“I also think one could argue that hiring Western pilots allows China to understand how Western air operations function, but I am confident they already have a solid understanding of that. I think that while this development is not necessarily unexpected, it represents a security concern to Western nations that may find themselves involved in a conflict with China,” Lewis added.
Meanwhile, Helvas noted, “we should be aware of Chinese propaganda about their pilot’s proficiency. Look what happen to Russia’s pilot performance in Ukraine. Russian pilots are not proficient. I believe a similar case happened in China.
To some extent, I believe China has exaggerated its pilot proficiency. Unlike Western pilots who have air combat experiences since the civil war in the former Yugoslavia to Iraq and Afghanistan, Chinese pilot has no experience at all in air combat in the last 20 years.”
Need For More Skilled Fighter Pilots
China’s three aircraft carriers, two of which have been commissioned and one launched in June, represent China’s expanding naval might. However, it appears that the country will have difficulty using these carriers as it struggles to keep up with the rising need for skilled ship-based fighter jet pilots.
A Chinese media report, citing an article published in Ordnance Industry Science Technology, a Chinese military magazine, highlighted
how the Chinese Navy still doesn’t have a fighter trainer designed for carrier-based operations despite deploying its first aircraft carrier a decade ago.
The report quoted Beijing-based naval expert Li Jie saying that the PLA required at least 200 qualified carrier-based fighter jet pilots to fly 130 ship-borne aircraft after Fujian began
sea trials last week. Fujian is China’s third and most advanced aircraft carrier.
While China’s first two carriers had ski-jump designs, the Fujian has advanced electromagnetic catapults. Thus, the Navy must learn a new aircraft launch and recovery system.
“It’s full of challenges,” Jie remarked, “as aircraft design and pilot training are among the world’s most difficult and complicated core technologies – which no one will share with you.”
Dai Mingmeng, one of the first five Chinese pilots to receive ship-borne certification, piloted a J-15 prototype on its debut flight from the deck of the Liaoning on November 3, 2012. At the time, he was 41 years old.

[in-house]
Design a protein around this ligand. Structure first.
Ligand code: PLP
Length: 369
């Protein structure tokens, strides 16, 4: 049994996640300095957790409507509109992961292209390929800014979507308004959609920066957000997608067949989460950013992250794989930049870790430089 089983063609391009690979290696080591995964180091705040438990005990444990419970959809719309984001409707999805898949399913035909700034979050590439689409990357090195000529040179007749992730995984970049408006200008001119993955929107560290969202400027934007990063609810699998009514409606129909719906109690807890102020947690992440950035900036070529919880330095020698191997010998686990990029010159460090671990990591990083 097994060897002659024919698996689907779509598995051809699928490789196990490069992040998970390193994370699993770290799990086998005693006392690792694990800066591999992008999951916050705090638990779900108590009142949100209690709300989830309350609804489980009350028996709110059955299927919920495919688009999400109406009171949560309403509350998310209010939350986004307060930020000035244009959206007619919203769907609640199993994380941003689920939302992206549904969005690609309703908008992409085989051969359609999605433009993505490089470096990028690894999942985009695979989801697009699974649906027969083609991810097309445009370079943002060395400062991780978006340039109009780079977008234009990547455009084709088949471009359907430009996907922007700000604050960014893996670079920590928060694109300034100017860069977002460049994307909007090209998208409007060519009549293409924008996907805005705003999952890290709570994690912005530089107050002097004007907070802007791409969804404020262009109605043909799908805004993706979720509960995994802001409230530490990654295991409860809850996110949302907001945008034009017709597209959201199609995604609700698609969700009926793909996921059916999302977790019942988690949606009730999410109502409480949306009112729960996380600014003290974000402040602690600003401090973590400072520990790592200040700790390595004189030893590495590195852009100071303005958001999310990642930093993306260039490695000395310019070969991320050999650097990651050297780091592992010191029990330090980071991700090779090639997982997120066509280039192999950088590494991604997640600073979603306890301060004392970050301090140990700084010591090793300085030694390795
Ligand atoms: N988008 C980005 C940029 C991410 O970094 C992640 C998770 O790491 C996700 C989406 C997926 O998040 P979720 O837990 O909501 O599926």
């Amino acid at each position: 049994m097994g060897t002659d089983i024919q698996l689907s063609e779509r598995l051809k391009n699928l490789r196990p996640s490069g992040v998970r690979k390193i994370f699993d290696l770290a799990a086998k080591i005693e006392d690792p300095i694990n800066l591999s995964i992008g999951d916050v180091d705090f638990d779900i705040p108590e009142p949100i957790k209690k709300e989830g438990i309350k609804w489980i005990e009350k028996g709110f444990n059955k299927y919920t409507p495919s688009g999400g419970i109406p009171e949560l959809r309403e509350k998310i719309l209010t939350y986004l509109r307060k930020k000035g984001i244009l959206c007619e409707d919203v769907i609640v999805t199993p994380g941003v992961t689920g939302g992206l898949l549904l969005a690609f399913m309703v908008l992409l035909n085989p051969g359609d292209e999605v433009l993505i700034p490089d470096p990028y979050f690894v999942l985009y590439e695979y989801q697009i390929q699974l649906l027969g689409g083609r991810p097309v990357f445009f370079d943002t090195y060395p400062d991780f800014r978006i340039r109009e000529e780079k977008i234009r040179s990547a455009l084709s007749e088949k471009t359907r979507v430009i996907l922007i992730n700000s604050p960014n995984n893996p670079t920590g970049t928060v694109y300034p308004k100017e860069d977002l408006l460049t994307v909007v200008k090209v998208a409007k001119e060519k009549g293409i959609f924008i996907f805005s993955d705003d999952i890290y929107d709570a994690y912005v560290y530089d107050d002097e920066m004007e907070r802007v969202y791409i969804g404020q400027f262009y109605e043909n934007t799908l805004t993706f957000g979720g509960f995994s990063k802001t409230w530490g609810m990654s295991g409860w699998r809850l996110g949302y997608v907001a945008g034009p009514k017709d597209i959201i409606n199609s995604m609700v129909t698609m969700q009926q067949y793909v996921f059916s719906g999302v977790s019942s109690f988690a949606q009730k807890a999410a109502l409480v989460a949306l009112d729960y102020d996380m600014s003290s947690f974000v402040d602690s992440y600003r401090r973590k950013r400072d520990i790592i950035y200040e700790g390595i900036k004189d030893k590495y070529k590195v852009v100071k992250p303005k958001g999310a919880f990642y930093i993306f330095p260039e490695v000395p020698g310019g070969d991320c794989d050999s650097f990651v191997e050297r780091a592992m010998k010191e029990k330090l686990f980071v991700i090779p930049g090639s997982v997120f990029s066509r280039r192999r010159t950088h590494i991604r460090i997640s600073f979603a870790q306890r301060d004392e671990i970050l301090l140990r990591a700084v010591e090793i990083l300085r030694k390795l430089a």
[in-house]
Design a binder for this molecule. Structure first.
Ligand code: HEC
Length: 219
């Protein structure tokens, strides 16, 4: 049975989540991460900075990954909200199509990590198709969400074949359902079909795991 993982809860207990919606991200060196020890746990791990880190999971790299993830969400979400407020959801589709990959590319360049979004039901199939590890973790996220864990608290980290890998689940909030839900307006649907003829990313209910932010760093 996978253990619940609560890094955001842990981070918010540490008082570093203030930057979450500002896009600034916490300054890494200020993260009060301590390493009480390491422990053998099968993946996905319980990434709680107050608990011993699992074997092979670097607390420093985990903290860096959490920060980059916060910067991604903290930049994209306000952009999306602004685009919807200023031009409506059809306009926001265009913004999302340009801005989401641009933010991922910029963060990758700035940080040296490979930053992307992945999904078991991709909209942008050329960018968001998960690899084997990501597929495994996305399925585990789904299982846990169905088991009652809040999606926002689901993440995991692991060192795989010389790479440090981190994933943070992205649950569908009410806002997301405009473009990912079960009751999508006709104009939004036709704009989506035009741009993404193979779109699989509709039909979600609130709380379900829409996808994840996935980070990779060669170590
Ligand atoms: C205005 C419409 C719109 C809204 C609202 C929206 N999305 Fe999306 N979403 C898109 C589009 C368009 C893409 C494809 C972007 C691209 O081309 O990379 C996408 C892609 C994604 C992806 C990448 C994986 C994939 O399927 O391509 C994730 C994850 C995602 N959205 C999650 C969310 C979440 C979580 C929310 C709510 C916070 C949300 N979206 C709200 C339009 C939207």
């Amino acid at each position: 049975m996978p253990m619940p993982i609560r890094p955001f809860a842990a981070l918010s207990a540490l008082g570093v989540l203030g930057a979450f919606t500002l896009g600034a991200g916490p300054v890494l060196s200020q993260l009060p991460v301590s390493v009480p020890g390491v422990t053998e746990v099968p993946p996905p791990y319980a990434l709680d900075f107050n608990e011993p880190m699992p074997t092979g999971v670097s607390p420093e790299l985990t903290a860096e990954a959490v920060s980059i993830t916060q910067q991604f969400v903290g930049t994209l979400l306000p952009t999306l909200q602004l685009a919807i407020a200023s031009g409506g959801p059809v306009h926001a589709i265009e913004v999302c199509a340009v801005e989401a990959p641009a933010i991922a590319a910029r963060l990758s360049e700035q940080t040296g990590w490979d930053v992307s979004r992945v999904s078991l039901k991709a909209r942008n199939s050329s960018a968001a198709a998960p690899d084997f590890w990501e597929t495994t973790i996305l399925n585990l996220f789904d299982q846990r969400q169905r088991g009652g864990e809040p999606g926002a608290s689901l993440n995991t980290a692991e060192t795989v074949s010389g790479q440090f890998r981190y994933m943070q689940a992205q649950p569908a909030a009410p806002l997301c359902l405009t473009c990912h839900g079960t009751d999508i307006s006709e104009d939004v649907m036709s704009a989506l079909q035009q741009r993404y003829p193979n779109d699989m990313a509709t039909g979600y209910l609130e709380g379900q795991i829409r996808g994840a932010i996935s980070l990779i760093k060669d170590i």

China’s J-15 fighter jet
The report said he is now training the new generation and other senior carrier-capable pilots. Since 2020, the Navy has directly enlisted cadets from high school graduates aged 16 to 19.
The current group of new naval aviation pilot cadets had an average age of 20, making them at least ten years younger than their predecessors. Following the creation of the Naval Aeronautical University in Yantai, Shandong province, in 2017, the PLA Navy began training its pilots rather than selecting competent applicants from the Air Force.
The US Navy also employs a similar strategy to recruit its fighter pilots. Nonetheless, the report describes the difficulties Chinese Navy fighter pilots encounter during their training.
T-7A Red Hawk
Chinese Navy (PLAN) pilots employ a single-engine, twin-seat version of the Chinese-built JL-9G as a carrier trainer. This aircraft was initially unveiled in 2011.
However, it cannot be used to simulate emergency landings on a flight deck due to limitations such as being too light and slow. As a result of these drawbacks, it has been restricted to land-based simulated carrier training.
The report also stated that the United States military had used the T-45 Goshawk carrier-qualified trainer to instruct its pilot cadets for several decades.
The Americans have since built a more sophisticated derivative, the T-7A Red Hawk, allowing for more efficient ship-borne fighter pilot training. The T-7A Red Hawk is outfitted with a more powerful General Electric F404 after-burning turbofan engine.
What Do Analysts Think About The Situation?
Rod Lee, a military enthusiast who closely follows the Chinese Air Force, has different views. He claims
that “in 2017, they [China] more than doubled the size of its annual pilot cadet class from the 150-200 neighborhood to 400+. They’ve sustained that 400+ over the past five years.”